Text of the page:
Butshikan launched relentless campaign to convert the local population of Kashmir into Islam and destroy the religious symbols of Hindus. Tons of Januas (Sacred thread worn by Hindu Bhramins) were burnt. The cities were burnt and many temples destroyed or attempted to be destroyed. The famous sun Temple at Martand, built by the Great King Lalitdatiya was destroyed too. It is said the temple was so big and grand that even after employing all tactics, Sikander and his men could not completely destroy the temple and thankfully the remains of the temple still stand at Mattan and even the ruins clearly highlight the grandeur of the temple.

The fanatical zeal of Islam continued for centuries with occasional respites during the rule of Zani-ul-Abidin, more lovingly called as Budshah, Akbar and Sikhs. Lakhs of Hindus were forcibly converted and all the identity of Kashmiri Pandits would have been wiped out had it not been the courage and determination of our ancestors who managed to stay Hindu, preserve their 5000 year old culture and rebuild their places of worship. Our ancestors preferred to give up their lives than to give up their faith.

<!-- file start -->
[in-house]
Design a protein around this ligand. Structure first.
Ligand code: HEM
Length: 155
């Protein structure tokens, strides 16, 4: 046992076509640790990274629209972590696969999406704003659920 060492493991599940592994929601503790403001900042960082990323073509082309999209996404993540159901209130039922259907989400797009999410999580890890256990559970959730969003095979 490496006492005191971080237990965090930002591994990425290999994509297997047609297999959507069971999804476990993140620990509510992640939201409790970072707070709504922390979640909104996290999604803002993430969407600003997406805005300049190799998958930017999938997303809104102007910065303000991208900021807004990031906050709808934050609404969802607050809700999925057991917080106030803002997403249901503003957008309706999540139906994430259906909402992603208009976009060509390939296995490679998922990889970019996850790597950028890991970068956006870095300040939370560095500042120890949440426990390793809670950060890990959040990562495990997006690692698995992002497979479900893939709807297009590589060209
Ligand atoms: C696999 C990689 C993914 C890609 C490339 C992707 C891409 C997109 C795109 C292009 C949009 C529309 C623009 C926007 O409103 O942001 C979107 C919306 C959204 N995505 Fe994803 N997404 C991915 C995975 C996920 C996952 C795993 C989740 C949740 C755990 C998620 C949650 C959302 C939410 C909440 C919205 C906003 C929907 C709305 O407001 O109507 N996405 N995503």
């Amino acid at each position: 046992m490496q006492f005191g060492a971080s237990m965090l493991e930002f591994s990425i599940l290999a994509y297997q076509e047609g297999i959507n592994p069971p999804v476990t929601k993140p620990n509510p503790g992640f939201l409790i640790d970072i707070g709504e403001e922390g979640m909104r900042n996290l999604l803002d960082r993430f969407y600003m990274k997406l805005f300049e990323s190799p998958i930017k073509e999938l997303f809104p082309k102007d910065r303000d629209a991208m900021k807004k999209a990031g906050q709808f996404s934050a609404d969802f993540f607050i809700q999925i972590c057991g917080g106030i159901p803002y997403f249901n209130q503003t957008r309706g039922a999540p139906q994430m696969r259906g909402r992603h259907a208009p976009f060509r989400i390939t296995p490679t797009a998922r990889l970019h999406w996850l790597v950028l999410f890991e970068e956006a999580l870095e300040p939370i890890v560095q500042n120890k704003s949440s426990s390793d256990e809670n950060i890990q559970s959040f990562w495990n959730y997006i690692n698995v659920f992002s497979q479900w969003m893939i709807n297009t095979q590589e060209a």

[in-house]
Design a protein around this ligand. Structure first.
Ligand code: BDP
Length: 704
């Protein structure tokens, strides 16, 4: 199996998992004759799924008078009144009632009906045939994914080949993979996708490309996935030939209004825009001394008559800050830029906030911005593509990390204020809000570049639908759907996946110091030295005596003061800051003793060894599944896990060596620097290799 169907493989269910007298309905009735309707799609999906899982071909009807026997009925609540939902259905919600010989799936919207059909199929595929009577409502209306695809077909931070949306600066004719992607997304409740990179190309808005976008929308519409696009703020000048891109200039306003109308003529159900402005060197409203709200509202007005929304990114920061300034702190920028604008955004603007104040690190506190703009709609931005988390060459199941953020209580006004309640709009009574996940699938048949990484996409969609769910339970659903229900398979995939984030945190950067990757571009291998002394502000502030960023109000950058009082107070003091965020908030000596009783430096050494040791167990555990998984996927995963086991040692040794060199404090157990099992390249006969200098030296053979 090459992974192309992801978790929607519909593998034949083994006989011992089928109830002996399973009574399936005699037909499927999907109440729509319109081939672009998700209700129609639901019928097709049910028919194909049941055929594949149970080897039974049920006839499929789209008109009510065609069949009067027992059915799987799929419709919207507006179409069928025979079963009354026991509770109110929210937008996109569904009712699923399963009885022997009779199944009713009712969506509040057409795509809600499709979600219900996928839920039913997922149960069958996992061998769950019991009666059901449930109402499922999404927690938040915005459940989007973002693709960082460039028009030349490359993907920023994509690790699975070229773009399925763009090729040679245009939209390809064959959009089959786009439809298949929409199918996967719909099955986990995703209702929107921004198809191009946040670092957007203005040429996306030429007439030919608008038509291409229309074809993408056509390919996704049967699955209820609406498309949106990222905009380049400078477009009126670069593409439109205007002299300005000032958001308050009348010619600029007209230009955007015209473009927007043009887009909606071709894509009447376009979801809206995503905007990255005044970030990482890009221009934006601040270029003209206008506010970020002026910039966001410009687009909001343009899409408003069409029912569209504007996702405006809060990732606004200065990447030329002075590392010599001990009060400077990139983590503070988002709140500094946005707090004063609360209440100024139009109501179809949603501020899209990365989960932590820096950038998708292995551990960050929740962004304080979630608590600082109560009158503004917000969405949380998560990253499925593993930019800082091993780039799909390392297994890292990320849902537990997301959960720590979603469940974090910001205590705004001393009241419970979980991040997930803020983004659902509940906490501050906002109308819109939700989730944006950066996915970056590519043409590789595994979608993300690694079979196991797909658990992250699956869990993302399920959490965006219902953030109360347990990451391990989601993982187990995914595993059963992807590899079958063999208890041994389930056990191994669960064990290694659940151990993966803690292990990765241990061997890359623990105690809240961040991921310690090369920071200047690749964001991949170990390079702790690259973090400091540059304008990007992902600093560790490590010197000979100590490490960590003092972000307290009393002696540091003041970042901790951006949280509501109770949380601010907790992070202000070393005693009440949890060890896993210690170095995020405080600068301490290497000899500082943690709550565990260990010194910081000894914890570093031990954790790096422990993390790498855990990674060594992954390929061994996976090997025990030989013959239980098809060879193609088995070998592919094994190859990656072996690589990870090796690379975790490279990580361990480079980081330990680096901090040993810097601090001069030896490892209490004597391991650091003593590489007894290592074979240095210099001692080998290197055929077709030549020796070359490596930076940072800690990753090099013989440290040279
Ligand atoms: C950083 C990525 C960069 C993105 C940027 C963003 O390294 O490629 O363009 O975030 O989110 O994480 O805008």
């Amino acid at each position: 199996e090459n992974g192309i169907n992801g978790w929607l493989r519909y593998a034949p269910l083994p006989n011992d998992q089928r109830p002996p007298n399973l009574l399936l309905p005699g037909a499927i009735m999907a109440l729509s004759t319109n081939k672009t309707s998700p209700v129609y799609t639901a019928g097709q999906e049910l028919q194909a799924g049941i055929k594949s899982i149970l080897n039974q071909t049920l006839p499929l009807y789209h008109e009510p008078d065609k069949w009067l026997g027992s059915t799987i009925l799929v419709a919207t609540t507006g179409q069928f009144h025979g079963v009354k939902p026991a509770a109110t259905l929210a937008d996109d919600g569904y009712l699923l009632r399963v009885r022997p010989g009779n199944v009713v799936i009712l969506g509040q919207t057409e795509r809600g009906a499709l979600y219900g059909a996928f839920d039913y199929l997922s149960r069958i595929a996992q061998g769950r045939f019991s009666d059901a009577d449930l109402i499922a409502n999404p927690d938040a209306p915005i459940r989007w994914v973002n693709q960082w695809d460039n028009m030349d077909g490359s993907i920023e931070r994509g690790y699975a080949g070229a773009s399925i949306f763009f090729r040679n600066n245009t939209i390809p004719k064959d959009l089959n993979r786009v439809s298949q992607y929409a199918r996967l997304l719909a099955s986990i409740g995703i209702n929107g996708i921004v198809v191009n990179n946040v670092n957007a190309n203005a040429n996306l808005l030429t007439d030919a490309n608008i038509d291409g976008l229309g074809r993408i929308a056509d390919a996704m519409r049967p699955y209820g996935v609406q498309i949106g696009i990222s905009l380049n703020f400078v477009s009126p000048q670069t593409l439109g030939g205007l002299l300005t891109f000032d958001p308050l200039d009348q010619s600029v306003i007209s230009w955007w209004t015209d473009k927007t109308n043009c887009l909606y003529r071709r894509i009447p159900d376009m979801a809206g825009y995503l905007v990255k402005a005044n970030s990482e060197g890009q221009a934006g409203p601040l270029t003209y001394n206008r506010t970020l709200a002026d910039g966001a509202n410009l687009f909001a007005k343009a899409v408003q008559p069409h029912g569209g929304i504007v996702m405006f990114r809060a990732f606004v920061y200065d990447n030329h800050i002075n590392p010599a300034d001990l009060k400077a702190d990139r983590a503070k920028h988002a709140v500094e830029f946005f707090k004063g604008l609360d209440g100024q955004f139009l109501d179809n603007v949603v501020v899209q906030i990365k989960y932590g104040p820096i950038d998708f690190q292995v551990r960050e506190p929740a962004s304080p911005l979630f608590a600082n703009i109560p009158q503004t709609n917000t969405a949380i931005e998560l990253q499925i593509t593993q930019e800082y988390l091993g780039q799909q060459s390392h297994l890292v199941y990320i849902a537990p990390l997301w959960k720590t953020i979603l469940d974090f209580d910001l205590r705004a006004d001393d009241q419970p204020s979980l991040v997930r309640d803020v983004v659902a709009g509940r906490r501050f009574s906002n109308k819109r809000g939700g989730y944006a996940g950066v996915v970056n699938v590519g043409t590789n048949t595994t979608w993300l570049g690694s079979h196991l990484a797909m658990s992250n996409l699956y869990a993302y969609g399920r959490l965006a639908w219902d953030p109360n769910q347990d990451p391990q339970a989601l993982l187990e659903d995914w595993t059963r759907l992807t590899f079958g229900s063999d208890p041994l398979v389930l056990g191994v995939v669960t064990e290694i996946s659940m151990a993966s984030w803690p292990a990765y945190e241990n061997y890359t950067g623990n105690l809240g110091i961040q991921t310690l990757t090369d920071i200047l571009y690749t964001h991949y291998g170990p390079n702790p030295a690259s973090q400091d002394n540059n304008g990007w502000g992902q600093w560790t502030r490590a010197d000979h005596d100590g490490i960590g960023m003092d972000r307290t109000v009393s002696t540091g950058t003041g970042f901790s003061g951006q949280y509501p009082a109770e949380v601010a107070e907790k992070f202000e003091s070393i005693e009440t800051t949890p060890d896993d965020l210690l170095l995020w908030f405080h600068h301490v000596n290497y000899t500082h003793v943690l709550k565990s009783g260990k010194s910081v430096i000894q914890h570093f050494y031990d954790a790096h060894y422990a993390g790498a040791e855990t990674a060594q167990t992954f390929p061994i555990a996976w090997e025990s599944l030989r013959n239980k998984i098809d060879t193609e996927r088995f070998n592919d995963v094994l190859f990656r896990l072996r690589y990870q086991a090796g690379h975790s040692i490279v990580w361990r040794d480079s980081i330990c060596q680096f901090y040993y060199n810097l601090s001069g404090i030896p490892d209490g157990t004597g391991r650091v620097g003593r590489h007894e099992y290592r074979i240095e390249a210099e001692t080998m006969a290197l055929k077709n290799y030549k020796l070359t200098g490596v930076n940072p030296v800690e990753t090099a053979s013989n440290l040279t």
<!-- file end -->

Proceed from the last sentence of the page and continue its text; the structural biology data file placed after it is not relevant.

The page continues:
Let’s not forget that this is not the first exodus of Kashmiri Hindus. 1990 exodus was the seventh exodus in last 700 years.  But each time our ancestors did not let their desire to be back in their motherland die down. It is said during Afghan rule only 11 Hindu families were left in the valley, while all other Hindus had fled. But the families which fled did not forget their motherland and ensured that their religious shrines, their customs, their language remained intact.  

Inspite of being just 3% of the population, the Hindus of the valley safeguarded their temples with zeal. Almost all towns and villages had temples which were well maintained inspite of the meagre income of Hindus.